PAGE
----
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Brenda Shipp

Board Director

In 2019 the United States was devastated by the mysterious Coronavirus pneumonia that would later become known as the COVID-19 pandemic and the world was turned upside down as it spread across the country causing illness and death. COVID-19 would cause the declaration of a Public Health Emergency and things as we knew them would never be the same. No one was more impacted by the viciousness of this than Black Americans. Like most events in our society, Black Americans were the last to be admitted or treated and in some instances were even turned away when going to hospitals to receive treatment.

While this misery was happening across the world, the California Black Health Network (CBHN) was calling a new alarm and rising from silence to bring attention to what was happening to Black people. In April, 2020 data from the CDC showed that Blacks who comprise thirteen percent of the total United States, were making up thirty percent of the COVID cases This was yet another incidence where the health disparities of Black people became obvious and could not be ignored.

CBHN made a decision to respond and under the leadership of a new Executive Director and energized new Board, CBHN took what was taking lives, destroying employment, and causing businesses to close and turned it into a cause that would be named the Campaign for Black Equity.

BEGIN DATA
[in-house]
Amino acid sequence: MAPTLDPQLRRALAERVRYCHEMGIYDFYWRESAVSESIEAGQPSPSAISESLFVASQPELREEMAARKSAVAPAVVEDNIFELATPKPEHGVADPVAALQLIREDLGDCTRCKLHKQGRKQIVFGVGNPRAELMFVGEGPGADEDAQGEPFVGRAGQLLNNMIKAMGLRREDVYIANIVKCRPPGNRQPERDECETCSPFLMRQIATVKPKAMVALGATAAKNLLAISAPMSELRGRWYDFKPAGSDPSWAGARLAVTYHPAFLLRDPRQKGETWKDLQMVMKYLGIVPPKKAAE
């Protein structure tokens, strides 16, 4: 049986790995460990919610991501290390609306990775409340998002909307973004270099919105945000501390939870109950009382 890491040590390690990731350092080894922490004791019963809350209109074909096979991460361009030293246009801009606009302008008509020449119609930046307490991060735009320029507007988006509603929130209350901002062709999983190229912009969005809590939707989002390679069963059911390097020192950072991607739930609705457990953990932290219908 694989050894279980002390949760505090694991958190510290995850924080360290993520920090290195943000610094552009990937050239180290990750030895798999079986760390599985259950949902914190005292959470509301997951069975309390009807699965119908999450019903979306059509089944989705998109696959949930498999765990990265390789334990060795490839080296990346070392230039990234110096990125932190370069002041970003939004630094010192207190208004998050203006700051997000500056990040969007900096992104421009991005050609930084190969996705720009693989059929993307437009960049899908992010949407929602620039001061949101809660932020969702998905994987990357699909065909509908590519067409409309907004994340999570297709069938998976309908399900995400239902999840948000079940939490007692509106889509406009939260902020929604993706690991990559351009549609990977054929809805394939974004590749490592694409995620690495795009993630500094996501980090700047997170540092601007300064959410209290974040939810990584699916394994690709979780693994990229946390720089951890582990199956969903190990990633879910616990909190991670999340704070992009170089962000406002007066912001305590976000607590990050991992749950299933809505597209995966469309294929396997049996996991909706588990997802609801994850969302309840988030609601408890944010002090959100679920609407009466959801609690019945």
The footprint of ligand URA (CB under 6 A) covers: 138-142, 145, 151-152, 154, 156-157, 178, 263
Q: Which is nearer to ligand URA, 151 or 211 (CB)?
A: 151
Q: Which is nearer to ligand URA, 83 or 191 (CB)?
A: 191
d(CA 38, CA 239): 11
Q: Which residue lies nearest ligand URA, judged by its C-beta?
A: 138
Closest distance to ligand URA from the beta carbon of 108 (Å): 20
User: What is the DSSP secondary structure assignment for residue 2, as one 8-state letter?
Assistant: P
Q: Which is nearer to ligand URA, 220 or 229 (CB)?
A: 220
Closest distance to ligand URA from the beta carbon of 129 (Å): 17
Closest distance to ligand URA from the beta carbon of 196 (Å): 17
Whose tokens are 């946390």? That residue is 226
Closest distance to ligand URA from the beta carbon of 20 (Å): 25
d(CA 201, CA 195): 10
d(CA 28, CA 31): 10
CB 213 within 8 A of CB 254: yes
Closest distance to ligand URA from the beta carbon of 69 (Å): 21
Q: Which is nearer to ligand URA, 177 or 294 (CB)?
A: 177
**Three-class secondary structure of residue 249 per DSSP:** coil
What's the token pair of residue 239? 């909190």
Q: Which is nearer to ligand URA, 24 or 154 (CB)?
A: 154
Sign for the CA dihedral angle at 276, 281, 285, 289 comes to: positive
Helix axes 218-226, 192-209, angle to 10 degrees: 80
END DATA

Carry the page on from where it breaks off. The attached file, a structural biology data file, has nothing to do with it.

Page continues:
CBHN has used this tragic situation to put the spotlight on the disparities impacting Black people and is leading the way to making sustainable differences that will lead to better outcomes for the physical and mental health of black people. It will be critical for CBHN to work with community and corporate partners in a way that it has never done before to ensure that there is equity and purposeful deliberation around addressing the areas that impact the health and well-being of Black people. By 2023, the goal of the Black Health Equity Campaign’s goal is to reduce health disparities by twenty-five percent.

CBHN plans to be at the table to advance legislative initiatives until health disparities is no longer a part of the conversation and Black people are confident that they are receiving equitable care and attention.

I feel very confident that everyone connected to CBHN, whether staff or Board, is committed to never letting situations like COVID-19 or any other health disparities to Black people go unnoticed again and as Board Chair, I am honored to be part of the movement called the “Campaign for Black Equity” and especially a member of CBHN.

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